Zambia

related books by Stanley Meisler:

Zambia

Zambia

Zambia

Zambia

Zambia

September 1, 1970
September 1970
Book Review

Zambia
Professors in South Africa sometimes like to stand in front of a wall map and show a visitor the “natural” sphere of influence of their white supremacist country. Invariably, their pointers sweep as far as Zambia, locked inland with Rhodesia to its south, Angola to its west, and Mozambique and Malawi to its east. The professors’ casual gesture suggests one of the dramatic conflicts in Africa — the struggle of black Zambia to free itself from the economic web of the white regimes in southern Africa. Since gaining independence from Britain six years ago, Zambia has tried to turn from the South and reach the other black African nations. Psychologically, this has worked. Zambians talk and act as if their lines were all out to the rest of black Africa. Economically, at least so far, it has not worked. Zambia’s four million people are still dependent on the white-ruled economies south of them. But this dependence has dwindled recently. The Zambians are trying to open new channels to black Africa. The most important is the thousand mile railway that the Chinese Communists are building from the Zambian copperbelt to the Indian Ocean port of Dar es Salaam in Tanzania. The success of Zambia’s drive to the North probably depends on three factors: the strength of President Kenneth Kaunda, the health of the copper industry, and the acquiescence, no matter how reluctant, of white southern Africa...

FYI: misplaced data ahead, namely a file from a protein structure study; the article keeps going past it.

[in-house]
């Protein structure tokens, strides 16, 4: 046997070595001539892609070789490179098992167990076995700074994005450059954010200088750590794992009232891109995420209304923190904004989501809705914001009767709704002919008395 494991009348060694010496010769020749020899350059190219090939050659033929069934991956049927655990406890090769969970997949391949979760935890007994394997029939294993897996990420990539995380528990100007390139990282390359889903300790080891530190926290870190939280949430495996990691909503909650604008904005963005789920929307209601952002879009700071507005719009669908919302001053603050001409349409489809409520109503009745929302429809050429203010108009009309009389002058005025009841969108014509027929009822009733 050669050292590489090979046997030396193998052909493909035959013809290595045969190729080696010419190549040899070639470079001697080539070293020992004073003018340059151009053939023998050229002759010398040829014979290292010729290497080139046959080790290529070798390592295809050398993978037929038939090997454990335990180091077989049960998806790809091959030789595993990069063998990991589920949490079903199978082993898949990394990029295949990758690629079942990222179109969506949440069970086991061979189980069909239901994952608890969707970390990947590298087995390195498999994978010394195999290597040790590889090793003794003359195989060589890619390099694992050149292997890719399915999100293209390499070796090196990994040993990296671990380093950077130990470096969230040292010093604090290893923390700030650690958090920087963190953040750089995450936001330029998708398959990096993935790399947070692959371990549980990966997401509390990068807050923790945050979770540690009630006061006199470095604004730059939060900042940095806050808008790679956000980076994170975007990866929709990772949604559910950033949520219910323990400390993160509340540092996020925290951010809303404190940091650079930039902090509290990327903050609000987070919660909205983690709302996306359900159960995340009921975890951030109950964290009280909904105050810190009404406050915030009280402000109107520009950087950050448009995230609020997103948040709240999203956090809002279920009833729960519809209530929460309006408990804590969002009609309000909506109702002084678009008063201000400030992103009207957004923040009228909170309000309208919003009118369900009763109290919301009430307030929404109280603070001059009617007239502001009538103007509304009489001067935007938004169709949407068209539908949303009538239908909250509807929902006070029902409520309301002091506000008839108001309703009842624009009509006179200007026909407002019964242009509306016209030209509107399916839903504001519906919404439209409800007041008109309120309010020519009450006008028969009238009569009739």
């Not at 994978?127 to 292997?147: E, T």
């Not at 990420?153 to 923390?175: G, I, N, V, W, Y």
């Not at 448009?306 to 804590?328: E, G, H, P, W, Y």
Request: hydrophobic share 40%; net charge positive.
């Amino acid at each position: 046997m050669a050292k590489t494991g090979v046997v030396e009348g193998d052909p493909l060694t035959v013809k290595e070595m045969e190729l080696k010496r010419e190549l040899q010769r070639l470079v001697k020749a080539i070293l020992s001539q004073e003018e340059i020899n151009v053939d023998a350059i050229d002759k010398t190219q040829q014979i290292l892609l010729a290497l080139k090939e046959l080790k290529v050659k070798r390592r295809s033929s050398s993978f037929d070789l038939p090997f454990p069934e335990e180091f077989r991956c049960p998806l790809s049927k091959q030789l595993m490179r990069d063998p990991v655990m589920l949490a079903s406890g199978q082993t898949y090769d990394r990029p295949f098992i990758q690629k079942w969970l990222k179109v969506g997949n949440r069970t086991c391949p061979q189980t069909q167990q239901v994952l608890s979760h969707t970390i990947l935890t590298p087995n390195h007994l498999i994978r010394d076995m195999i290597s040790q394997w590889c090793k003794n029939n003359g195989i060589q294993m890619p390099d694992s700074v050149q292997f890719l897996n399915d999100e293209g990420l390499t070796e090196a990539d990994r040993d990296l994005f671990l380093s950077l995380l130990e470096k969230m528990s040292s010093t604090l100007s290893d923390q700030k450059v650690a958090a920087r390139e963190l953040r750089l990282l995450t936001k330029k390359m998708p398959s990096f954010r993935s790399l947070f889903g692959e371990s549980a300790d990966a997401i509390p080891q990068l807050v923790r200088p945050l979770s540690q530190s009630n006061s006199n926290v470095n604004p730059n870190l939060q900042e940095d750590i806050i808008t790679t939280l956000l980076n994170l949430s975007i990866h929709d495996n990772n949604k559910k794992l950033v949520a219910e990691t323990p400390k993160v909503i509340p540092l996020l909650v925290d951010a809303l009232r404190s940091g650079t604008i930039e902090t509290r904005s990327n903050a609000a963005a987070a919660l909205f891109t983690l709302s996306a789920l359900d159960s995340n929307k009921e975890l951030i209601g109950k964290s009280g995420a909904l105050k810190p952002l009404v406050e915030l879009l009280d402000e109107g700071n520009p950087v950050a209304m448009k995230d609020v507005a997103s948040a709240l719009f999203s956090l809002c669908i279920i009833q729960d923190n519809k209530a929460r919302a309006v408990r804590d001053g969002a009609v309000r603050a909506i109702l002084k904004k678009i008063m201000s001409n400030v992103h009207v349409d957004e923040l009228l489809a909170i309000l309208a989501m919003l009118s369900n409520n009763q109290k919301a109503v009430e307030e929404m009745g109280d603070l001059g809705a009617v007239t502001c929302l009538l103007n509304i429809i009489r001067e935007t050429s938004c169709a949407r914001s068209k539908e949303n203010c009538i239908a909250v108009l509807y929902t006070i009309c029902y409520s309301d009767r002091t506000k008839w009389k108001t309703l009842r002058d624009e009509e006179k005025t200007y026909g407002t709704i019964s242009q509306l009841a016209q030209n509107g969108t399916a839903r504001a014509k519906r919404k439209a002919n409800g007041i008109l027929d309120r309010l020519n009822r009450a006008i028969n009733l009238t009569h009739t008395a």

Attention to the Africans

Attention to the Africans

Attention to the Africans

Attention to the Africans

Attention to the Africans

February 2, 1963
February 1963
Book Review

Attention to the Africans
The flood of recent writing about Africa has rushed in two directions. One has been the Tarzan-pygmy-Time Magazine-cannibal-witch doctor-Robert Ruark way. The other has been the slide rule and footnote way of the political scientist, studying the twists and turns of Dark Continent politicians as if they were all Lyndon Johnsons. But Africa is not a land of comic-strip characters or of leaders practiced in the fragile art of gentlemanly politics. Either approach ignores the human side of Africa. Anthropologists Melville J. Herskovits and Hortense Powdermaker, in their new books, try to illuminate just that... In The Human Factor in Changing Africa, Herskovits tries to summarize decades of scholarship, so that the general reader can make something of the mystifying and ever-changing events of the continent. Herskovits concerns himself mostly with how the impact of colonial rule changed African cultures, and with how the cultures themselves changed some of the European innovations... In Copper Town, Miss Powdermaker’s approach is much narrower, though her subject is as broad. She focuses on the town of Luanshya in the copperbelt of Northern Rhodesia and tries to define the moods and tensions of Africans caught in a swiftly changing society. She exploits the particular incident to illustrate the general movements in Africa...
The Human Factor in Changing AfricaCopper Town: Changing Africa. The Human Situation on the Rhodesian Copperbelt